What an amazing load of crap Charles Krauthammer has written! At least I guess he wrote it. It sounds as if he might have had help from his friends at the White House. I think they sent him a draft, which he "polished up" by putting his name on it. I wonder if they send him bank drafts too.
We’ve seen this accusation by the White House of their opposition before, that we are racists who couldn’t believe Arabs could govern themselves democratically. It has always been baseless. It was fabricated by the White House and picked up by Mr. Krauthammer and others.
According to Krauthammer, Bush is too modest to make the “mission accomplished” mistake a second time, but Krauthammer himself is ready to call the voting in Iraq, the demonstrations in Lebanon, and other favorable events, the “initial flourishing of democracy” and to conclude that Bush was right.
I hope the Iraq invasion leads to a general shake-up in the Middle East and resolution of the Arab-Israeli conflict and democratization of Iraq, Syria, Iran, Egypt, and Saudi Arabia. It could. Who can predict which way it will go? But it’s kind of disgusting to see the administration claiming now that it invaded Iraq “to remove the man responsible for torturing, gassing and killing tens of thousands of Iraqis” or “to introduce democracy and freedom.” They gave us one set of lies before the war: weapons of mass destruction, imminent danger to us and our allies, connections with Osama bin Laden; now they are giving us another set, this one retroactively superseding the first. Will they ever tell the truth?
I think the truth is that Bush, Cheney, and the rest of the oil-industry-oriented people running this administration were concerned about the security of the oil supply, which was looking shaky because of the threat of democratization of Saudi Arabia. Despite the irony in that, trying to make sure the oil supply can’t be cut off is a purpose I can respect. The world economy could be thrown into depression by an oil shock, and that could make a mess of the last part of our lives.
So they looked for a way to get a grip on the oil supply. Invading Saudi Arabia would have entailed at least a temporary interruption of its oil exports, and besides would have seemed unbecomingly ungrateful for the support the Saudi royal family has given the Bush family (as well as the U.S.) over the years, plus would have caused problems for the American oil companies running Aramco and would have decapitated OPEC. (The American oil companies don’t want anything to disrupt OPEC’s oil price maintenance. They made record profits last year and want to do it again. –See Greg Palast in “Harper’s.”) Iraq was ideal: second largest oil reserves, already on everyone’s shitlist for various good reasons, in OPEC but not its head, already a problem for oil companies (and Halliburton) trying to make a buck there. So the Bush administration decided to invade Iraq and set up a friendly regime, and the rest of the problem was just how to get it done. The means they chose were lying, bullying, and brute force, and therein lies the problem.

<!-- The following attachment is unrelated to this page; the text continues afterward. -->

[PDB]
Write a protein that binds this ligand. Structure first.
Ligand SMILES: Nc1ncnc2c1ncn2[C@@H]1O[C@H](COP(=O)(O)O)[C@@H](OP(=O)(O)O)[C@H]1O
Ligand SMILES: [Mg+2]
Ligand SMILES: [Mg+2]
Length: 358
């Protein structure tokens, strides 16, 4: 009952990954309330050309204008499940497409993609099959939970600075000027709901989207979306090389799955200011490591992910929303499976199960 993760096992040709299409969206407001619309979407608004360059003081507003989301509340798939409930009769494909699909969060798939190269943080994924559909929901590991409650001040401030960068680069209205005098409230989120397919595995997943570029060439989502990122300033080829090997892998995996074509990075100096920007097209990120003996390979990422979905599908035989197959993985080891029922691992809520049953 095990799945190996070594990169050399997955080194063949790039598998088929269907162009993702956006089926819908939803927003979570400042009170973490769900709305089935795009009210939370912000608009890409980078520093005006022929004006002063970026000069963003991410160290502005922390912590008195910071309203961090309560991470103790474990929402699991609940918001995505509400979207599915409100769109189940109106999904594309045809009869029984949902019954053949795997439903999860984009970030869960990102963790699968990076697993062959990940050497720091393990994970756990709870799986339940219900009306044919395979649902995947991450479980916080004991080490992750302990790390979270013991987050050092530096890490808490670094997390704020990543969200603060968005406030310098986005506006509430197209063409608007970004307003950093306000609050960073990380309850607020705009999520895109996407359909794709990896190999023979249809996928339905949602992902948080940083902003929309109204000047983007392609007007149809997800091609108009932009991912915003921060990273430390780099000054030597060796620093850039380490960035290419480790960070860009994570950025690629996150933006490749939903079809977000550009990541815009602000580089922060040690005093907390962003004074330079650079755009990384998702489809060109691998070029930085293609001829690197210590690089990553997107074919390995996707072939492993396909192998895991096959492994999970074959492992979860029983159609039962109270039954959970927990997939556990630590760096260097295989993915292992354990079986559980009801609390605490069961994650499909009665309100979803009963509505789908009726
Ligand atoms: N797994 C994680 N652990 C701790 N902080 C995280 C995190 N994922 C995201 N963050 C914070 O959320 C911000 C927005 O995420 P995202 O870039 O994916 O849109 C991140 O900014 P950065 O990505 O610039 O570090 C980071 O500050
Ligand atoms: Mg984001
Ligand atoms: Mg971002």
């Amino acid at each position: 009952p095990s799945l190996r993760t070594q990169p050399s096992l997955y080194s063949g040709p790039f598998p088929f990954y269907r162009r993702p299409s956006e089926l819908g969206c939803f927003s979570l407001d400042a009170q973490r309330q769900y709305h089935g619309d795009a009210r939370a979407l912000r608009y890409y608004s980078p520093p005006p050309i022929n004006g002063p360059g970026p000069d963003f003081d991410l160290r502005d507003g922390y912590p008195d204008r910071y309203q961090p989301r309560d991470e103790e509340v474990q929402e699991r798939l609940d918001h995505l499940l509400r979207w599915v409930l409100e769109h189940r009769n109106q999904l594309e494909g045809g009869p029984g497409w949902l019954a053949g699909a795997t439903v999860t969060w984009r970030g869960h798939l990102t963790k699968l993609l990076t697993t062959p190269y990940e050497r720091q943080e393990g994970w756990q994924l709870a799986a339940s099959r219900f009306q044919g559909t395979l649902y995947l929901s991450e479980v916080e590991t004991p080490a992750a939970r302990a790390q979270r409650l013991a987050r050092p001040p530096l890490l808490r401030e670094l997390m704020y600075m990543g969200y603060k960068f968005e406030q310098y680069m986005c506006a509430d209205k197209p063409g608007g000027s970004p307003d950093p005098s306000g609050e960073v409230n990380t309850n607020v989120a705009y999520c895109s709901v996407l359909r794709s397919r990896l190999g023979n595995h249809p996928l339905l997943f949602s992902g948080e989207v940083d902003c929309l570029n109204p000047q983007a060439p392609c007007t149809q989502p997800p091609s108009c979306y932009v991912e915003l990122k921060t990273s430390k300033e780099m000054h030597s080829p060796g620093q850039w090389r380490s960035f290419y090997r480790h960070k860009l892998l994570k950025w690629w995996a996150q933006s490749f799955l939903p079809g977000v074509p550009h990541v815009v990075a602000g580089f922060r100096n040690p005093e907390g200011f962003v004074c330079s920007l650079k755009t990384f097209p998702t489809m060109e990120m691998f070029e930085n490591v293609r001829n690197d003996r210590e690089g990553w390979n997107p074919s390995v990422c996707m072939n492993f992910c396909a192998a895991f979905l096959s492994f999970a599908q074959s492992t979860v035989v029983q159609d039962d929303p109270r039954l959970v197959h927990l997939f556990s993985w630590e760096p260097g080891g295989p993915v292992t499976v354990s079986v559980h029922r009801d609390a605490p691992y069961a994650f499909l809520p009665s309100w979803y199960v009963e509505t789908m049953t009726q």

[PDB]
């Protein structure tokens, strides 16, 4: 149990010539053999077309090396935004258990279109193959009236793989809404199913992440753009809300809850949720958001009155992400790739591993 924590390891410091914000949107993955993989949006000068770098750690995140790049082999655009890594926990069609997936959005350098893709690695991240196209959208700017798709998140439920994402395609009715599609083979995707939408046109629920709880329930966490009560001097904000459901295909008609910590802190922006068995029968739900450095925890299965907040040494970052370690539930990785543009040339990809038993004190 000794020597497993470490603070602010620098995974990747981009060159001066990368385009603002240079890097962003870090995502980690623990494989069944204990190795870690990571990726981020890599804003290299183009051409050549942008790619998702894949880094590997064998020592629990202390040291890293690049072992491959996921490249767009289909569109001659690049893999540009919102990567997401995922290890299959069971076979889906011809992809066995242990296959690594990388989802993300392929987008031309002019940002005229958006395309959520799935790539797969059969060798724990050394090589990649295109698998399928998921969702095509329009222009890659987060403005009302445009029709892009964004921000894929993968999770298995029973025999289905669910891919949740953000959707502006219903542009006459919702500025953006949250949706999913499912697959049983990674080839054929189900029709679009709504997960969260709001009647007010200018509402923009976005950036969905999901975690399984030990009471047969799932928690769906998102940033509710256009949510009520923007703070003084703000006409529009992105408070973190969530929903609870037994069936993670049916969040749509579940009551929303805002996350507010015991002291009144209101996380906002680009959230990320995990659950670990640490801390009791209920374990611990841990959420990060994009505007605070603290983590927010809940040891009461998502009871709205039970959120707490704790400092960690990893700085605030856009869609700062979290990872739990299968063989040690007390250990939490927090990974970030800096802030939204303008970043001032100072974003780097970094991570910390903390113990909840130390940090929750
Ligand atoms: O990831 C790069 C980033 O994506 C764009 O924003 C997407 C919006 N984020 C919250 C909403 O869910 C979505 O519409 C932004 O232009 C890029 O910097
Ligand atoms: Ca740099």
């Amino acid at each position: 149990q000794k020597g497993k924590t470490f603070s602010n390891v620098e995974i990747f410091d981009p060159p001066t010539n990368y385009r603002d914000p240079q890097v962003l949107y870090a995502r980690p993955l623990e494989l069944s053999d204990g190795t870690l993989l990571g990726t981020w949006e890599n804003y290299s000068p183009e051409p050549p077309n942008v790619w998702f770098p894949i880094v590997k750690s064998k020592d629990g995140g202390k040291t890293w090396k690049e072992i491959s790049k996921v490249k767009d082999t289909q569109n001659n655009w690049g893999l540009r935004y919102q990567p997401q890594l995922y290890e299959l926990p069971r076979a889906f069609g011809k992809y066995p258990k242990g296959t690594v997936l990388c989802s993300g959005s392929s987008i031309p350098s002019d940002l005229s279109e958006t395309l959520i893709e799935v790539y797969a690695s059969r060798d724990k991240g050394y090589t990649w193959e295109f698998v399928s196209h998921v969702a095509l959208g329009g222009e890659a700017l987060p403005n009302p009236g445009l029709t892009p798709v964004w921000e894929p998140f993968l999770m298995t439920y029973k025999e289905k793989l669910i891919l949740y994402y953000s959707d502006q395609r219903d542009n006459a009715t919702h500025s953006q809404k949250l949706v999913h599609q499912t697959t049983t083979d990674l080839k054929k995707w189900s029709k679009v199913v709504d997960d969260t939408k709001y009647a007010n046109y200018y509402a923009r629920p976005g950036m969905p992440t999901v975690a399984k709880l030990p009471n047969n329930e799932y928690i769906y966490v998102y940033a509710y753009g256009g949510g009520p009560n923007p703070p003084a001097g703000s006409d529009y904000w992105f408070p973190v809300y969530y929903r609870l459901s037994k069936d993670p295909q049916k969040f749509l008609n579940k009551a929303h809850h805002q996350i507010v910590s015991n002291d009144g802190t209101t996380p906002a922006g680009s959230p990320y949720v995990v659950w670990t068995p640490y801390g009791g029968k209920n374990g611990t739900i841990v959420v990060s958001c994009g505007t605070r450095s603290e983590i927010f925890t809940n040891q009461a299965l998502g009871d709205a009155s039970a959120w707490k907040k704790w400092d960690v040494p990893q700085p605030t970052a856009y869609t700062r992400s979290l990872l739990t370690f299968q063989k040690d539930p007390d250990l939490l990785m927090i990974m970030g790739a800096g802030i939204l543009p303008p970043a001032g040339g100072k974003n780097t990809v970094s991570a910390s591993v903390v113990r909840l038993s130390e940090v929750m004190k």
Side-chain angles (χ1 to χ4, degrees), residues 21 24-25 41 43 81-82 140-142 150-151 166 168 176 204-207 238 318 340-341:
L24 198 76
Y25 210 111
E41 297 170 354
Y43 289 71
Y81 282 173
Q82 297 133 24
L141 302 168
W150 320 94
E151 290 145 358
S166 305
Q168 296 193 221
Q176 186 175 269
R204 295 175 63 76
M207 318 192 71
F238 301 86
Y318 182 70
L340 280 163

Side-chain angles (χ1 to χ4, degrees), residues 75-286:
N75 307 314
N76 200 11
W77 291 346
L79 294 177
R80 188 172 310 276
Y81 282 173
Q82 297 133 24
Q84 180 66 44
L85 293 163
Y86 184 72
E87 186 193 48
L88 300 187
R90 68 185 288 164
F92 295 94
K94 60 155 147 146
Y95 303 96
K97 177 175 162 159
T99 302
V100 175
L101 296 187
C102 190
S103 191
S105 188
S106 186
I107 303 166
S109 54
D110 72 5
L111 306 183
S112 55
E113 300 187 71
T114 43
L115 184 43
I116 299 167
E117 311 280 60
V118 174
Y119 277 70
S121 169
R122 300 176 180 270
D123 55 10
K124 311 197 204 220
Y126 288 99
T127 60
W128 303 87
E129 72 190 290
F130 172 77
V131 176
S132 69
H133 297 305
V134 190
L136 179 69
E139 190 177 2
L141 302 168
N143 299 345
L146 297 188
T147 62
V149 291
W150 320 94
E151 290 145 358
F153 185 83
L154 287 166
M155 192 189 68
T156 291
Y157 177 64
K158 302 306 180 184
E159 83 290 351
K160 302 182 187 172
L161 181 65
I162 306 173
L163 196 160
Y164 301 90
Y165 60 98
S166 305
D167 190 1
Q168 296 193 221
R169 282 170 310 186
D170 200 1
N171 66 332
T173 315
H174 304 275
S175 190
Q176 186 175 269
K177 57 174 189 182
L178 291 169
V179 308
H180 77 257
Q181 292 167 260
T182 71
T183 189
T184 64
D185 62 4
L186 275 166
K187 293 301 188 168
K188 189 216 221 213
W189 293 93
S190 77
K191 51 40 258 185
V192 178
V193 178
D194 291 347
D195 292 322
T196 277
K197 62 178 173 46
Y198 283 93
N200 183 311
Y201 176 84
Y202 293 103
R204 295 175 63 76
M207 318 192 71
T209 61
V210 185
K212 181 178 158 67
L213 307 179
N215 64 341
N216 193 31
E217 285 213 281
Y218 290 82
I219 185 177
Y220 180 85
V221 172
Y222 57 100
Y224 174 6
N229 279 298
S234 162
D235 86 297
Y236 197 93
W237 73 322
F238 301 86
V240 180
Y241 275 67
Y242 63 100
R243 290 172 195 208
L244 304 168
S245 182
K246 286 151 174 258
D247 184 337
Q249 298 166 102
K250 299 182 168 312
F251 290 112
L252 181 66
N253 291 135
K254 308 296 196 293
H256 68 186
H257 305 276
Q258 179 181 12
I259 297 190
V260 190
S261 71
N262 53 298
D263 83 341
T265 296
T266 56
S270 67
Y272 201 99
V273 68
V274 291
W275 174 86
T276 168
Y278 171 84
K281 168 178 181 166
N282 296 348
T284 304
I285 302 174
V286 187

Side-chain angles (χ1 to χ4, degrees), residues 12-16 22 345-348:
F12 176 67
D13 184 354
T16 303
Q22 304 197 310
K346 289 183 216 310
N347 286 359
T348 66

The lies have been revealed and have lost the administration its respect and credibility among informed Americans and in the world. The bullying has lost the country its international friendships and the support of all but a few similarly inclined nations. The brute force has, in addition to unnecessarily killing and injuring thousands, inspired a great flourishing of hatred for us both in the country we were hoping would be friendly to us and in Muslim countries worldwide. That last part has been bad for the “war on terror,” but that’s OK; the Bush administration would not like the war on terror to go away.
Unfortunately, the Bush administration has done it all incompetently. The lies were only effective because we trusted our leaders; we couldn’t believe they would lie about such important issues. (And Colin Powell had pictures, and a little glass vial, too, and he used to be credible.) Now the lies have been exposed. Chemical trailers, yellowcake from Africa, aluminum tubes that could only have been for gas centrifuges (well,… if they were bigger, thicker, not anodized, and not so handy for making rocket bodies). That’s not competent lying! Come on! The invasion itself went OK, though less destructive force was probably really needed. The occupation has been horribly botched: disbanding the Iraqi Army/Police, a stupendous and obvious mistake; leaving at least one warehouseful of military explosives for any and all to take away (where do we think all these EIDs come from?); cutting corners on armor; failing to do the restoration of power and water and other reconstruction at a decent rate; losing $9 billion just strangely unaccounted for; and, of course, revealing that we are no better than the “insurgents” with Abu Graib and Guantanamo and “extraordinary rendition.” (Were you relieved when Bush said we ask the countries to whom we “render” these poor sods not to torture them, because “we are not torturers?” Evidently there was some kind of mix-up recently in the case of the Canadian of Middle Eastern origin whom we arrested in NY, in transit to Canada, and sent to Tunisia—not his home country, ever—, and who came back weeks later, badly banged up.)
So what’s coming? An Iraqi democracy or a friendly Iraqi government? One or the other, not both. The history Bush doesn’t read would indicate that usually when we do this we get a friendly puppet regime for a while, and then there’s a revolution, and the revolutionary regime that follows, whether democratic or not, holds a grudge against us. I hope that doesn’t happen again. It would be like history repeating itself.
Well, anyway, I hope the friendly puppet regime will last long enough to avoid the oil crisis until I’m out of its reach. Too bad about the kids.